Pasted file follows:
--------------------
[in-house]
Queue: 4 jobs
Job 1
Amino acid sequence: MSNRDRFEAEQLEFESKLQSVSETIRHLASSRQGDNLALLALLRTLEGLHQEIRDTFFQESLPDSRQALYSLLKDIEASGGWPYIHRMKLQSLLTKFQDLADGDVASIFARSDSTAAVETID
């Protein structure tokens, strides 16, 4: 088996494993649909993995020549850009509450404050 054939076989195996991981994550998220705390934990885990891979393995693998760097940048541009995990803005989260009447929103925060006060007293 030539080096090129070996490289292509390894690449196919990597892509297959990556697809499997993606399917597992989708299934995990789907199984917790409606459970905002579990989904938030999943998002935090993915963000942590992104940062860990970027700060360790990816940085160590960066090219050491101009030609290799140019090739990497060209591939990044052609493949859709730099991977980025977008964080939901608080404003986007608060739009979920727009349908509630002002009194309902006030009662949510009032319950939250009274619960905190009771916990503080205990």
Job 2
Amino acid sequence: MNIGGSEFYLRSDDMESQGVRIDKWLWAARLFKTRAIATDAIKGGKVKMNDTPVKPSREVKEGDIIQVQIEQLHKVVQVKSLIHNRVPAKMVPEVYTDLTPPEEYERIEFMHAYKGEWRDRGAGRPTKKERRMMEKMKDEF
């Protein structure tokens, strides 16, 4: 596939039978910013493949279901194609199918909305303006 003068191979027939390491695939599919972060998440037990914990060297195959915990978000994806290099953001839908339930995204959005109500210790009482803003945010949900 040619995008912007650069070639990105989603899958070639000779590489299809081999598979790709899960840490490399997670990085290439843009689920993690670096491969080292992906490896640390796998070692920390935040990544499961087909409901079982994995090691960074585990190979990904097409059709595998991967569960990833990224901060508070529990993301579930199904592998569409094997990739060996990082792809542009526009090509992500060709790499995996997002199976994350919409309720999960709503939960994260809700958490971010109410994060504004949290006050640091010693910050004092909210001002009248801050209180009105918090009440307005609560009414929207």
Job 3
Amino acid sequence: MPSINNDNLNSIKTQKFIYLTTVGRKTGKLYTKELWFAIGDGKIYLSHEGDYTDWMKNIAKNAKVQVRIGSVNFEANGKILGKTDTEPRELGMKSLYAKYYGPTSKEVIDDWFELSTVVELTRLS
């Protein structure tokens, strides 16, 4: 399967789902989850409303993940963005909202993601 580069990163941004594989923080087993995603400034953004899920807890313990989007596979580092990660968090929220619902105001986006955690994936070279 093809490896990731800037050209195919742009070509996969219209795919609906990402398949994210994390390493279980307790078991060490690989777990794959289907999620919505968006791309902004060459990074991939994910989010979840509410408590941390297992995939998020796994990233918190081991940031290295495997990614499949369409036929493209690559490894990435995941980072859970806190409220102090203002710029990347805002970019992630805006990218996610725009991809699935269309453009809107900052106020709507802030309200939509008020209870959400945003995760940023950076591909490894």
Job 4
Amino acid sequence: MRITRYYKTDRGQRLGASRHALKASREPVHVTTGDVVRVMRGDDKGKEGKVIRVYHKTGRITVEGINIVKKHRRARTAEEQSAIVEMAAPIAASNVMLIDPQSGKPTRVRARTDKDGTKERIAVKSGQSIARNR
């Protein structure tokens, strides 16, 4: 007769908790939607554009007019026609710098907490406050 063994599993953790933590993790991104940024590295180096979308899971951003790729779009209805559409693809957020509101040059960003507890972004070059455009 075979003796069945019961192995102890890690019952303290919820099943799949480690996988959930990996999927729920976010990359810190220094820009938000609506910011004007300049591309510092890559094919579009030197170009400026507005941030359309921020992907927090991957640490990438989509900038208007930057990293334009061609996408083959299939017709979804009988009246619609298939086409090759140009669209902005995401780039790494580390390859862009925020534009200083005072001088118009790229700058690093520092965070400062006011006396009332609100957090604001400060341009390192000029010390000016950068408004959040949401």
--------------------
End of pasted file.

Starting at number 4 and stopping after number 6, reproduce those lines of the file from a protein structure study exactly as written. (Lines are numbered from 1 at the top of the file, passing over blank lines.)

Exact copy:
Amino acid sequence: MSNRDRFEAEQLEFESKLQSVSETIRHLASSRQGDNLALLALLRTLEGLHQEIRDTFFQESLPDSRQALYSLLKDIEASGGWPYIHRMKLQSLLTKFQDLADGDVASIFARSDSTAAVETID
């Protein structure tokens, strides 16, 4: 088996494993649909993995020549850009509450404050 054939076989195996991981994550998220705390934990885990891979393995693998760097940048541009995990803005989260009447929103925060006060007293 030539080096090129070996490289292509390894690449196919990597892509297959990556697809499997993606399917597992989708299934995990789907199984917790409606459970905002579990989904938030999943998002935090993915963000942590992104940062860990970027700060360790990816940085160590960066090219050491101009030609290799140019090739990497060209591939990044052609493949859709730099991977980025977008964080939901608080404003986007608060739009979920727009349908509630002002009194309902006030009662949510009032319950939250009274619960905190009771916990503080205990």
Job 2